How did you get involved in Scottish music?
Fiddle, pipes and whistle are all just part of daily culture on the Isle of Skye where I’ve grown up. It’s a tradition that affects a lot of people’s lives whether playing, dancing or just simply enjoying listening. The community is very inclusive and welcoming. Instruments are taught at primary school and there are traditional music sessions in the local bars where the musicians are very encouraging; it was at such a session where I was first introduced to the idea of actually playing the music – I was 8 years old.
Why did you enter BBC Radio Scotland Young Traditional Musician Award?
I am 16, still at school and have so much to learn about the World and Scottish traditional music. I look to this award as a route to broaden my experience and develop maturity in my playing. I feel the structure of the award process will teach me valuable skills and the exposure will help my progression as I work towards a career as a professional musician.
What do you hope to gain from the experience?
– My time with Mike and Mairi during the semi-finals weekend has already helped improve my arrangement skills. I also learned alot from talking and listening to the other musicians, each with their own individual style.
– Develop my stage craft and improve the rapport with my audience – creating a relaxed atmosphere we can both enjoy …
– Exposure to a much wider BBC radio and television audience and to experience playing in such a prestigious event.
– I really hope this experience will lead to an opportunity to play in a well respected band and further develop my career.
Do you have any particular musical highlights?
– Youngest member to have entered Sgoil Chiùil na Gàidhealtachd (National Centre of Excellence in Traditional Music – (Plockton) at age11
– Supporting Anne Lorne Gillies at Sabhal Mor Ostaig Gaelic College
– Playing fiddle and pipes at the William Kennedy Festival, Armagh, Northern Ireland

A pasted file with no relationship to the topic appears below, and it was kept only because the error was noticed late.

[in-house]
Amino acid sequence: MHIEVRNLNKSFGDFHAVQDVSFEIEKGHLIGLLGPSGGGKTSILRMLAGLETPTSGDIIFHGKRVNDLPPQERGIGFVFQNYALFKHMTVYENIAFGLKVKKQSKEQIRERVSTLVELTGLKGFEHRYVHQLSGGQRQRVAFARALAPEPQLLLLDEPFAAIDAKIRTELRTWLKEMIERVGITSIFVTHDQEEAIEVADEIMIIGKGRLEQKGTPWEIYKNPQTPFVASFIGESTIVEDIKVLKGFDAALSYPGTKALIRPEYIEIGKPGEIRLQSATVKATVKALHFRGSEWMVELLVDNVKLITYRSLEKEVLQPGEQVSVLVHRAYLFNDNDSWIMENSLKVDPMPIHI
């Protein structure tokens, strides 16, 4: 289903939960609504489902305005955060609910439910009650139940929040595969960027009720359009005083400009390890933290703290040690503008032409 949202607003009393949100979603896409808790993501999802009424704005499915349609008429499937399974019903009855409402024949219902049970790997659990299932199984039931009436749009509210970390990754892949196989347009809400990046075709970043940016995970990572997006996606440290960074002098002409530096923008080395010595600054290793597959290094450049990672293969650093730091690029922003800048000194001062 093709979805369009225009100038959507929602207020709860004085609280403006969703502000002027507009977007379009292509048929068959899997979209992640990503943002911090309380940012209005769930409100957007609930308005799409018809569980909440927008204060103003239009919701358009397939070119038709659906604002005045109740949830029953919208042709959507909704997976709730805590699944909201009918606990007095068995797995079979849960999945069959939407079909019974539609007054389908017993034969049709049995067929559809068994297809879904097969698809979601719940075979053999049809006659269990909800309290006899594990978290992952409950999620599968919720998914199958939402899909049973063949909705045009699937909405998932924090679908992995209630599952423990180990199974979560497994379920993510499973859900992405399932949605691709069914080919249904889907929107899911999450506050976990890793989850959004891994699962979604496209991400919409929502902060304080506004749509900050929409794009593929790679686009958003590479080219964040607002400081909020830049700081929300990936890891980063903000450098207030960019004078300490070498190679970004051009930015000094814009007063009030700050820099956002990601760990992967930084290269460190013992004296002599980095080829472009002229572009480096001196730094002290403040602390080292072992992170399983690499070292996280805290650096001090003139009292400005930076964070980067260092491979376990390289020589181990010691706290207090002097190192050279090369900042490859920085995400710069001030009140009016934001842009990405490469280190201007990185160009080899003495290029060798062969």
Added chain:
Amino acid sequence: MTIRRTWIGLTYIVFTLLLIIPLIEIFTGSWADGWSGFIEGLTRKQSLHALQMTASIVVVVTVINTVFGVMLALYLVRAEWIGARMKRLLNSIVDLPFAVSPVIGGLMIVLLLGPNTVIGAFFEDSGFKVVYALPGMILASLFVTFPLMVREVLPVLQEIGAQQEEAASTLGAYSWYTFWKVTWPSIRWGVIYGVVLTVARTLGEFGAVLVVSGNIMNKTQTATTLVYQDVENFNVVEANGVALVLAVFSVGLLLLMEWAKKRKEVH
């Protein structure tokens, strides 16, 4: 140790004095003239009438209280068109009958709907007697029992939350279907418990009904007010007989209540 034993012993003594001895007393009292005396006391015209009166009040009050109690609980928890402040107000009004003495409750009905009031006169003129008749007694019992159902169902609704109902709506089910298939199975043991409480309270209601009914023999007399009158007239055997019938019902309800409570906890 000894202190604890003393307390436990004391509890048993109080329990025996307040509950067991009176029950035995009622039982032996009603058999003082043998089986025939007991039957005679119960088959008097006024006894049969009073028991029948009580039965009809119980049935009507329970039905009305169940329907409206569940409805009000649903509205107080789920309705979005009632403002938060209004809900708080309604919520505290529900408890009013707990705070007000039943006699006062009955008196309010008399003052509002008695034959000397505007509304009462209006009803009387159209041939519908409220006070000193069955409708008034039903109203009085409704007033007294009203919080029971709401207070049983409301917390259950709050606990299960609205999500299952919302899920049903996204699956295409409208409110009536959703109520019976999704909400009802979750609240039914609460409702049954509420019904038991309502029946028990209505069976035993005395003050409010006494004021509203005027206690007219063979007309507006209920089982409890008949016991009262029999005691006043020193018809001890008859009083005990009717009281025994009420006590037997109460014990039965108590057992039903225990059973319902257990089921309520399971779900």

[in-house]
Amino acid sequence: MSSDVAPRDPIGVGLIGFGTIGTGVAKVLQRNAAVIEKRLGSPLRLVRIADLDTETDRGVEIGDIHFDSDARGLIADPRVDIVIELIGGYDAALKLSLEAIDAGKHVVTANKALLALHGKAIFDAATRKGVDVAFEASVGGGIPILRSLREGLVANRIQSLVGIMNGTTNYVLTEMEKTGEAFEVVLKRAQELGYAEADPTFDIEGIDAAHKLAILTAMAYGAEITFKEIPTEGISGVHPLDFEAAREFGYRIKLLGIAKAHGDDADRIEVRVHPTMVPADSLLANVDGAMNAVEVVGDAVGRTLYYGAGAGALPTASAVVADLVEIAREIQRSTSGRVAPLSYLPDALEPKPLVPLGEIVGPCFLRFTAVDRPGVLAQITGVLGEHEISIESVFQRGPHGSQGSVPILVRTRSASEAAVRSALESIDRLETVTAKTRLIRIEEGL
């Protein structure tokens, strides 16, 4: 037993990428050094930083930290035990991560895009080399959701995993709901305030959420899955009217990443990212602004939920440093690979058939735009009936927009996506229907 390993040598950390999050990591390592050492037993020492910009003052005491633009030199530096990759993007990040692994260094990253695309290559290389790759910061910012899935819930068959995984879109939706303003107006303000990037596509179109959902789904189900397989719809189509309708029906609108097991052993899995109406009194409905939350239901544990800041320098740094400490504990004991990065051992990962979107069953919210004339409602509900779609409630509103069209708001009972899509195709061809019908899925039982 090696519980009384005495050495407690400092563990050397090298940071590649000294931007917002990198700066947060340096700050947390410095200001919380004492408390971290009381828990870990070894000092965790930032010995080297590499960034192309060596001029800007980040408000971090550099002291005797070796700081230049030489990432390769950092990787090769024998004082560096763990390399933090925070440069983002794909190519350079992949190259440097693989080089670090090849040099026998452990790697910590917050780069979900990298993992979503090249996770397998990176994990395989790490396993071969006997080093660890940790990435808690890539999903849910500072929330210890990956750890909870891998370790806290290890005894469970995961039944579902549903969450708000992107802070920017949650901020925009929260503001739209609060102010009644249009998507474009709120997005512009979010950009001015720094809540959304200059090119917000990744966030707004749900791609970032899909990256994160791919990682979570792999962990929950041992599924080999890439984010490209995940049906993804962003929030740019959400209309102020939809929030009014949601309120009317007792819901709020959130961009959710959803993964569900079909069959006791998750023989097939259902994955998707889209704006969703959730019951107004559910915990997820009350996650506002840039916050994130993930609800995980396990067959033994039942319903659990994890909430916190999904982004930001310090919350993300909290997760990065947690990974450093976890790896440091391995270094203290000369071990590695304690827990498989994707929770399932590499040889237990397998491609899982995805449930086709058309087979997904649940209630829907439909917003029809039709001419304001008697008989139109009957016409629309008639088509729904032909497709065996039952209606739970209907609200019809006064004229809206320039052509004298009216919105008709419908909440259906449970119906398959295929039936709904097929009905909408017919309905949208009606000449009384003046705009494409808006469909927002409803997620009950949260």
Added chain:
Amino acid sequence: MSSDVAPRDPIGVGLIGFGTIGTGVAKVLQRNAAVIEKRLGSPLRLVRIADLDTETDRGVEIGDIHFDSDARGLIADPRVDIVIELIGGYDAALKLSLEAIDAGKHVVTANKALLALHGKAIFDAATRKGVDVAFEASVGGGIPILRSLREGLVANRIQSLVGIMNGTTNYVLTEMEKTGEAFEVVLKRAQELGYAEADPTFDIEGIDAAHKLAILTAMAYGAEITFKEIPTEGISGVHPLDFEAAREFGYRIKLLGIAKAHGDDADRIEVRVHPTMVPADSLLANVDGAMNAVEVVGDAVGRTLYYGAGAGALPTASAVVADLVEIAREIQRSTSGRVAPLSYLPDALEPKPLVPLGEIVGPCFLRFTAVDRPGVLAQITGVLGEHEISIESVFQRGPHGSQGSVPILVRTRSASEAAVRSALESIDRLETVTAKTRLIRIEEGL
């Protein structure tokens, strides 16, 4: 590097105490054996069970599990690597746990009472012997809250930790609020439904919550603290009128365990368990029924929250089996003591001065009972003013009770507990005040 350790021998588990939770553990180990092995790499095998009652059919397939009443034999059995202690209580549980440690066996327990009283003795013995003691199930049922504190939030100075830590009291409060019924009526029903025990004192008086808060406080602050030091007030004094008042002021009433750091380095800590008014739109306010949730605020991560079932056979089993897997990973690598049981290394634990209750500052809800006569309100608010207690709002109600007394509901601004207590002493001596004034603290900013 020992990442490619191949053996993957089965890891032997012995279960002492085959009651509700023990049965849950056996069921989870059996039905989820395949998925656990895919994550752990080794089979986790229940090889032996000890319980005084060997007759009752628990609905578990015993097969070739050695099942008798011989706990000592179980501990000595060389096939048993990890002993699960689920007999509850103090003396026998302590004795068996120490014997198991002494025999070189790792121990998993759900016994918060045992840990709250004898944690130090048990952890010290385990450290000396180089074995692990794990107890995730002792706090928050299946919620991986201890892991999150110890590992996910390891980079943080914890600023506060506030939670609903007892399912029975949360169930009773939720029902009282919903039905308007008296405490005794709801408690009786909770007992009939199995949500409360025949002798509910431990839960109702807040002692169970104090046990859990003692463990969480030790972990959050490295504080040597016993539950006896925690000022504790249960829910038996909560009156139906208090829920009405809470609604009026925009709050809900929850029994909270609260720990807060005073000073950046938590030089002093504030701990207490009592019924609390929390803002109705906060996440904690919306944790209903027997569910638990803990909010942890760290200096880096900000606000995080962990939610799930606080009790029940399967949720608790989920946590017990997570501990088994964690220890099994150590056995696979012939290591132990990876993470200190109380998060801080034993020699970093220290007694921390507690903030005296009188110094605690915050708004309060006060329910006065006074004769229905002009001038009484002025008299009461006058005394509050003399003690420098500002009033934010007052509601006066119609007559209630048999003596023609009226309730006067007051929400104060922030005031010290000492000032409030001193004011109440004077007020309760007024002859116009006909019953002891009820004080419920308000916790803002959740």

– 2014 Summer tour of the Highlands with Feis an Earraich
– Performing at the University of Limerick, Irish World Academy of Music
– Selected for the senior National Youth Pipe Band of Scotland (NYPBOS) at age 12
– Performing at Celtic Connections with the NYPBOS
– Arranging and performing live with my former trio, at Perth Concert Hall
– Winning the Northern Meeting (under 15’s) at age 11
– National Piping Centre Junior Champion 2014
– Winning the Piobaireach at Cowal Highland Gathering 2013
– Piobaireach recital at Piping Live (Young Stars)
– Playing in Hong Kong at the Rugby Sevens Tournament
What are your plans for the future?
To go to university and combine my interests in history and music to study at PhD level – I really enjoy researching the origin of songs and tunes from the West Coast Scottish and Irish traditions. I would like to combine my research at various academic institutions with my travels, to play and learn from respected musicians within their cultures.
Finally, I would like to be good enough one day to win an MG Alba Scots Trad Music Award and the Glenfiddich championships on both my pipes and fiddle !
Why not buy a ticket to hear Séamus Ó Baoighill or any other of the finalists at the Grand Finals on Sunday February 1st at 5pm. The finals are part of Celtic Connections festival. If you can’t make it along the event will be broadcast on BBC Radio Scotland between 5 & 8pm and on the iPlayer afterwards.